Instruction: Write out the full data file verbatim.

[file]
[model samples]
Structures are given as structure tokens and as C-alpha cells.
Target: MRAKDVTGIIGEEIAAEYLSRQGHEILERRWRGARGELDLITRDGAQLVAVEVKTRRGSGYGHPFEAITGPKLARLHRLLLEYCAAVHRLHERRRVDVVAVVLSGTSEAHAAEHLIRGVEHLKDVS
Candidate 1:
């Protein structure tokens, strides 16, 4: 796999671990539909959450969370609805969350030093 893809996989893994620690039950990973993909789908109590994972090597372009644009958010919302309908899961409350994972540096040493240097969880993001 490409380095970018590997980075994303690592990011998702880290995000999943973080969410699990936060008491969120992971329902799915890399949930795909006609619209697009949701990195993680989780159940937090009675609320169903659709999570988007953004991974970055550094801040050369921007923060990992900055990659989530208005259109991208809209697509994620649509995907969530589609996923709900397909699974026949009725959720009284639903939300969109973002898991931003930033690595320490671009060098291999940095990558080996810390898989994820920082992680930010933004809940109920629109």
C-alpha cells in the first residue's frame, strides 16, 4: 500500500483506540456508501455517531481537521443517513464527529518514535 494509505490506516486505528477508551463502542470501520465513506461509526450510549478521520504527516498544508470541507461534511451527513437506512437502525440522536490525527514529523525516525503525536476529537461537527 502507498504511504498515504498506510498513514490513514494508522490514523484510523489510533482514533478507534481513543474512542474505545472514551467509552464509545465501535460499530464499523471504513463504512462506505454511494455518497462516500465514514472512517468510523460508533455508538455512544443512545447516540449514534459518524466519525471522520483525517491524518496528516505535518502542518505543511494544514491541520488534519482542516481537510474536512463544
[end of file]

[model samples]
Structures are given as structure tokens and as C-alpha cells.
Target: MRAKDVTGIIGEEIAAEYLSRQGHEILERRWRGARGELDLITRDGAQLVAVEVKTRRGSGYGHPFEAITGPKLARLHRLLLEYCAAVHRLHERRRVDVVAVVLSGTSEAHAAEHLIRGVEHLKDVS
Candidate 1:
């Protein structure tokens, strides 16, 4: 796999671990539909959450969370609805969350030093 893809996989893994620690039950990973993909789908109590994972090597372009644009958010919302309908899961409350994972540096040493240097969880993001 490409380095970018590997980075994303690592990011998702880290995000999943973080969410699990936060008491969120992971329902799915890399949930795909006609619209697009949701990195993680989780159940937090009675609320169903659709999570988007953004991974970055550094801040050369921007923060990992900055990659989530208005259109991208809209697509994620649509995907969530589609996923709900397909699974026949009725959720009284639903939300969109973002898991931003930033690595320490671009060098291999940095990558080996810390898989994820920082992680930010933004809940109920629109």
C-alpha cells in the first residue's frame, strides 16, 4: 500500500483506540456508501455517531481537521443517513464527529518514535 494509505490506516486505528477508551463502542470501520465513506461509526450510549478521520504527516498544508470541507461534511451527513437506512437502525440522536490525527514529523525516525503525536476529537461537527 502507498504511504498515504498506510498513514490513514494508522490514523484510523489510533482514533478507534481513543474512542474505545472514551467509552464509545465501535460499530464499523471504513463504512462506505454511494455518497462516500465514514472512517468510523460508533455508538455512544443512545447516540449514534459518524466519525471522520483525517491524518496528516505535518502542518505543511494544514491541520488534519482542516481537510474536512463544